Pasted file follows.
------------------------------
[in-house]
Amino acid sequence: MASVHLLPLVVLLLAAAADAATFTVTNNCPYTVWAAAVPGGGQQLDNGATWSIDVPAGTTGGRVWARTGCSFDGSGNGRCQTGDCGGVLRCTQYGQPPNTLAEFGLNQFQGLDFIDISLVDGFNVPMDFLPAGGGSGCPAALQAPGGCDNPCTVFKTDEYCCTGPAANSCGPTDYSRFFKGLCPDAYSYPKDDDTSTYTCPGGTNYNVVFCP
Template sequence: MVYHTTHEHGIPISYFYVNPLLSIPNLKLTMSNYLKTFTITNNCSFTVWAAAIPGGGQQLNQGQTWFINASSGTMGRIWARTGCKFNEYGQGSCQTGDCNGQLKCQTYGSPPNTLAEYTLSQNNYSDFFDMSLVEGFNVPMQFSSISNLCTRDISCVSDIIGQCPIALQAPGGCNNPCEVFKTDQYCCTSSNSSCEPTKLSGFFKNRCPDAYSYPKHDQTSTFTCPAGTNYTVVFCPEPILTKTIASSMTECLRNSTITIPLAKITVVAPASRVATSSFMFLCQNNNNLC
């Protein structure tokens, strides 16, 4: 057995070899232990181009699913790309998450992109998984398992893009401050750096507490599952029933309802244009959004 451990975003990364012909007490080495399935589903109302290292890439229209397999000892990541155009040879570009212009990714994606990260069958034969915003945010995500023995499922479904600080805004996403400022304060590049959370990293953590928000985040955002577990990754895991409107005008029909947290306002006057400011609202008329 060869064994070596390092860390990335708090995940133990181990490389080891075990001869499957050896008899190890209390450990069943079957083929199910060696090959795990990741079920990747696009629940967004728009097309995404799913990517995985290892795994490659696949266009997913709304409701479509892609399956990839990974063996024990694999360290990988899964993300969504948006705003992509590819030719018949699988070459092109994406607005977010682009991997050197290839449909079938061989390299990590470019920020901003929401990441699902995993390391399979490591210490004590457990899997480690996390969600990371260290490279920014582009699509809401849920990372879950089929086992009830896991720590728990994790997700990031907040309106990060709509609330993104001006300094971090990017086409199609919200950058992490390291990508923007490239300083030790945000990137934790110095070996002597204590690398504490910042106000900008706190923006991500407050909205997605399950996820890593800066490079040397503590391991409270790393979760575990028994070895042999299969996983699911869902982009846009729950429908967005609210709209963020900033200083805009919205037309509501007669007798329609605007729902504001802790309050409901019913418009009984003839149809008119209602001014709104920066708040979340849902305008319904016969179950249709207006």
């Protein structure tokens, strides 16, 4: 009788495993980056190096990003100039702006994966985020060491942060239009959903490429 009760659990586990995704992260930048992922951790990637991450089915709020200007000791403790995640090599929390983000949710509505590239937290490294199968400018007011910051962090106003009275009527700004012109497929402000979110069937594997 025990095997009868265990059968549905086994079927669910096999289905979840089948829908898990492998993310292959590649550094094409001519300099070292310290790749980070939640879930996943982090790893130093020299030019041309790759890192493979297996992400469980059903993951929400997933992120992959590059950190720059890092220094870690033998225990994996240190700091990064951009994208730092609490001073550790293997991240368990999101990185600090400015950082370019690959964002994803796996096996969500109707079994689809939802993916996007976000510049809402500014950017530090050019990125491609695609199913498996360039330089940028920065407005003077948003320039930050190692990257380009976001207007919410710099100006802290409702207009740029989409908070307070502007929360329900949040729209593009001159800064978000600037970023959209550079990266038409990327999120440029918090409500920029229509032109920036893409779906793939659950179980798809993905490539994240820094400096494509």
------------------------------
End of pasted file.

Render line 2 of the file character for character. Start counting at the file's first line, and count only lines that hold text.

Amino acid sequence: MASVHLLPLVVLLLAAAADAATFTVTNNCPYTVWAAAVPGGGQQLDNGATWSIDVPAGTTGGRVWARTGCSFDGSGNGRCQTGDCGGVLRCTQYGQPPNTLAEFGLNQFQGLDFIDISLVDGFNVPMDFLPAGGGSGCPAALQAPGGCDNPCTVFKTDEYCCTGPAANSCGPTDYSRFFKGLCPDAYSYPKDDDTSTYTCPGGTNYNVVFCP